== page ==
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Motor Sports


by Larry Roberts

August 29, 1997

At the recent historical races at Laguna Seca Raceway in Monterey, Calif., one entire row in the paddock area was set aside for several dozen SCCA Trans Am racers of the '60s and '70s. There was even a street sign that boldly stated "TRANS AM ALLEY" and it was easily the most popular attraction at the event.

How times have changed.

The current Sports Car Club of America Pro Racing Trans Am series is in such dire straits that it doesn't have a series sponsor (a financial prerequisite in this age of high-budget racing), its TV scheduling is spotty (sponsors need to see their names on the screen or they hold back the money), and one driver, Tom Kendall of the Roush Mustang team, has won 10 in a row as of this moment.

For the benefit of those readers who aren't track-savvy, when one car dominates a series in NASCAR racing, the contest board figures a way to level the field mechanically or by requiring the car to pack extra ballast. NASCAR understands that spectators, both in the stands and in front of the TV screen, want to see close racing wherein many drivers have the chance to win. If this doesn't happen, those spectators go somewhere else to see close racing - and corporate sponsors follow.

There's more than a little political intrigue involved in the troubles that plague the professional arm of the Sports Car Club of America, too. The SCCA is the largest motorsports organization in the world, with some 60,000 members, but the vast majority of its membership is involved in amateur events that range from social functions to wheel-to-wheel serious road racing. SCCA Pro Racing, on the other hand, is a strictly-for-money organization that's wholly-owned by the non-profit SCCA general membership. Recently, SCCA Pro Racing was into talks with Professional SportsCar Racing (PSR, a multi-faceted organization that sanctions high-profile sports car races) with the idea of melding the two into a super-club that would benefit both with more races and more sponsoring money. While talks were underway, the SCCA executive board sued PSR for trademark infringement and that ended the negotiations. Since the breakdown, the PRS has formed a new division, the American StockCar Championship, which not surprisingly is structured for cars fitting current SCCA Trans Am rules.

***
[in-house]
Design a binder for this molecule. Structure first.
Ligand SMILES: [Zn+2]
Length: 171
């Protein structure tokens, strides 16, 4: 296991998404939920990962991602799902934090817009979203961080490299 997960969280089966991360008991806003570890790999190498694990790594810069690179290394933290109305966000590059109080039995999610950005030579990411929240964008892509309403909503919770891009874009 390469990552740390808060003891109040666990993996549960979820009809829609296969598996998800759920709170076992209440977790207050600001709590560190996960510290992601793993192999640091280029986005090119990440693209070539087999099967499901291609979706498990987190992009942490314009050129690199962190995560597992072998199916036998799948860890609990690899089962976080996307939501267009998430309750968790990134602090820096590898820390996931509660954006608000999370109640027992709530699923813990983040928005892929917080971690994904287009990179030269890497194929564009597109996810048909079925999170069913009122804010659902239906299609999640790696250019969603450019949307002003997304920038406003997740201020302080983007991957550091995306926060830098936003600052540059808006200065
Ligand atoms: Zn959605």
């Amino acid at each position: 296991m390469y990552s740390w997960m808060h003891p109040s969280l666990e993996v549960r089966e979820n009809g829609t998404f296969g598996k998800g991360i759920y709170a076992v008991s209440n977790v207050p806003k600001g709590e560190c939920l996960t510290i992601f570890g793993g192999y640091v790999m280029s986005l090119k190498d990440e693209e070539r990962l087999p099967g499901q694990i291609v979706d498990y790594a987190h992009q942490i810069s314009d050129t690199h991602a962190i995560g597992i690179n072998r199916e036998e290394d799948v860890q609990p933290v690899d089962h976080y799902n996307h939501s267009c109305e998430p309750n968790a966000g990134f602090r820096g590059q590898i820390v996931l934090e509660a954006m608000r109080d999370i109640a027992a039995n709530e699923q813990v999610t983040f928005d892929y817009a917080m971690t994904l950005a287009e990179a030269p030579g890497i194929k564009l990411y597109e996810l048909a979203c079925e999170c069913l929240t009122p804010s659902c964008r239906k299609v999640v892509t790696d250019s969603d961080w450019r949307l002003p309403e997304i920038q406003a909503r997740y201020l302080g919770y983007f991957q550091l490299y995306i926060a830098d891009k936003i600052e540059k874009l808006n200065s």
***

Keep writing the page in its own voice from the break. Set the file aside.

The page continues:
Obviously, those who will suffer the most from the turmoil the Trans Am series is going through are the professional drivers and teams who depend on the races for income or as a steppingstone to bigger things. In desperation, the major drivers have banded together to insist that the hierarchy of the SCCA make changes and bring the program together.

Their demands were backed by the threat that most of them would collectively withdraw and race with the yet-to-be-formed American StockCar Championship of the PSR.

Some of the drivers have already begun to switch to other venues: Ron Fellows, a regular in the SCCA Trans Am series driving a Camaro, won Rounds One and Two of the recent NASCAR Craftsman Truck event on the Watkins Glen (NY) road circuit. Dorsey Schroeder, another Trans Am star, was second driving a Ford F-150 entered by Tom Gloy Racing. Gloy has fielded a strong team in the Trans Am for many years, but he has already publicly announced that his team (and his accompanying corporate sponsorship) plan to withdraw from the SCCA Pro Racing program entirely, regardless of the outcome of the driver's ultimatum. The NASCAR Craftsman Truck series is well-organized, pays good prize money and involves lots of racing during the year.

Unless something happens to change this grim picture, the Trans Am series seems destined to follow the now-defunct SCCA Can Am championship that flowered briefly three decades ago, then faded into oblivion.

Hopefully some of the current crop of Trans Am race cars will be preserved intact so they can be displayed at historic auto races at Laguna Seca Raceway 30 years from now.